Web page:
Yay! Summer! And with it come fun times with family and friends outdoors—one of the main reasons we make a garden! And the Turners (pictured above)
enjoy their garden nearly year-round, thanks to careful plant selection and thoughtful garden design. We toured this garden in an earlier post—you
can read more about it and get a photo tour here.
How is your garden holding up, now that spring color and blooms are long gone? If you’re feeling a bit “meh” about it, you might need to add some fire to spice it up. But while adding a little summer heat to your garden is a great first step, you’ll want to maintain a slow simmer to develop the richest, deepest flavors that will continue to bring pleasure throughout summer, into fall, and beyond. When choosing plants and creating planting combinations for your garden, these three tips will help you do just that:
Focus on Foliage
Flowers are fleeting, but foliage endures. Pay attention to the details—the overall color of the leaf for sure, but also observe the color of emerging foliage, the veins and stems of the leaf, and any transitions in color as it emerges in spring or declines in fall. Accentuate what you see by pairing it with a plant partner that echoes or enhances the color.
Many of us garden on smaller plots and can only fit a few trees and large shrubs into our gardens. So it pays to be fussy and to select only those that will deliver on one or more of these counts: blooms, fragrance, attractive foliage, fall color or interesting bark or stems. The larger the plant the higher the bar, though smaller plants may enjoy a bit more leeway. I call this the Goodness Ratio.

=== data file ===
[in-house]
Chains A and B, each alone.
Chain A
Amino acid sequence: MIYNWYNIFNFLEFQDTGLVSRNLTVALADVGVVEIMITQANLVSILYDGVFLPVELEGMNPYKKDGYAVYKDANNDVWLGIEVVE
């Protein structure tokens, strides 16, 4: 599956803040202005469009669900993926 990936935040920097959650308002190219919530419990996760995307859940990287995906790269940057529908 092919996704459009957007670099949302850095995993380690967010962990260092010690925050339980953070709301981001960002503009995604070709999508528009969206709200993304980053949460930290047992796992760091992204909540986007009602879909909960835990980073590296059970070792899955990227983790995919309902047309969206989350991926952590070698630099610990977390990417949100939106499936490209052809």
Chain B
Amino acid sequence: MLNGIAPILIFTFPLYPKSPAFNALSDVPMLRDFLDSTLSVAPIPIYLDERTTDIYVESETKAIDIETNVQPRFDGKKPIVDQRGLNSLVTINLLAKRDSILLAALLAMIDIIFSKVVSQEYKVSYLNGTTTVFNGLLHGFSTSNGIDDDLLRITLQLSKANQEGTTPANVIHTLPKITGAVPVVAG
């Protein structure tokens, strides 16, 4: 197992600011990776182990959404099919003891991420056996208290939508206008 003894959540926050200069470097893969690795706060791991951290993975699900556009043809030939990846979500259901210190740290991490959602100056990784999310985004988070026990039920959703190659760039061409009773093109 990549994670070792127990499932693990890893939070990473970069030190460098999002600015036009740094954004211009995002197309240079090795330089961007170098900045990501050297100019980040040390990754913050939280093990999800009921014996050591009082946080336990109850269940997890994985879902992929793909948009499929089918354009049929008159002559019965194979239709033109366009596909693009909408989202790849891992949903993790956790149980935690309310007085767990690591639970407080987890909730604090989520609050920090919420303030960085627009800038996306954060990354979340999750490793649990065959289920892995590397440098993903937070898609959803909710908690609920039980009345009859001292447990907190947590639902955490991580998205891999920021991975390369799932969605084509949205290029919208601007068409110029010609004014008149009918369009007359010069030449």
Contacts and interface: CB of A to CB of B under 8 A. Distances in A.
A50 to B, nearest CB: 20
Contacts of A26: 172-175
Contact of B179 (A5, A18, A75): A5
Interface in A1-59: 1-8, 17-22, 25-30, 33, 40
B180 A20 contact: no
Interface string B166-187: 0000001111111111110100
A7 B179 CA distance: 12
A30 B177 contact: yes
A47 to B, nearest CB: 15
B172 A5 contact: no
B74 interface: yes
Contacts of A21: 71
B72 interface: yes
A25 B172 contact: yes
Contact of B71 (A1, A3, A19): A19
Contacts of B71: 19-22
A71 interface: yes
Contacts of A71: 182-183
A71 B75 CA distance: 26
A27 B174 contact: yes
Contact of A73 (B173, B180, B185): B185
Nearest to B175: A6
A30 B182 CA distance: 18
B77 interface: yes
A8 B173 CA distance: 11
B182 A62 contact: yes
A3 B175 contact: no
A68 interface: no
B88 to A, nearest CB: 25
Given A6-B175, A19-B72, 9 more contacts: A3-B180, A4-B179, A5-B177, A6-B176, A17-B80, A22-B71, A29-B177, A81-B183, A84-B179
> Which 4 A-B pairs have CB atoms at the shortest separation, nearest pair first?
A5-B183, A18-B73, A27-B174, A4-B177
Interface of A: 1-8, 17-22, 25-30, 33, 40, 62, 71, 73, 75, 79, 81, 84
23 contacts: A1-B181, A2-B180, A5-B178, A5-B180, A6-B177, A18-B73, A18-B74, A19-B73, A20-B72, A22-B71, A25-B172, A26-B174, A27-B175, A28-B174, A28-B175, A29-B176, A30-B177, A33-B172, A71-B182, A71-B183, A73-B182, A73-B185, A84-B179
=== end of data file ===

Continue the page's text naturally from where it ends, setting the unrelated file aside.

Sometimes a plant will earn its keep by fulfilling a specific function: for example, screening an unsightly view, covering the ground to control erosion, providing shade, etc. But ideally, it will be adept at multi-tasking—reliably fulfilling its assigned duties, and look good doing it.
Keep Your Eyes Open
All-year allure is the holy grail of a Pacific Northwest garden. Creating a garden that will evolve and change through the seasons is accomplished by evaluating and tweaking your plant palette until you’re satisfied with the year-round aspect of your choices.
By visiting gardens and nurseries in all seasons, you’ll be exposed to a steady supply of fresh ideas and input from varied sources. This will make it easier to add color and interest to your garden throughout the year. If you don’t keep looking, it’s easy to miss out on some of the plants that take a bit longer to get rolling – they need higher temps, warmer soils, and longer days before they hit their stride. With each subsequent visit, you’ll be exposed to plants that weren’t awake or in stock earlier.
Creating an ensemble cast of plants, each taking their turn on the center stage as the seasons pass, will give your garden the staying power you’re looking for. And with thoughtful plant selection, you can keep the show going year-round, thanks to our relatively mild climate.
What Caught My Eye Touring
Gardens and Nurseries This Week
I'll be fast-tracking these plants and combos for inclusion on the site if they're not already. Look for links and plant IDs in the captions to signify whether they're live yet, and I'll circle back to this post to update links as they're available.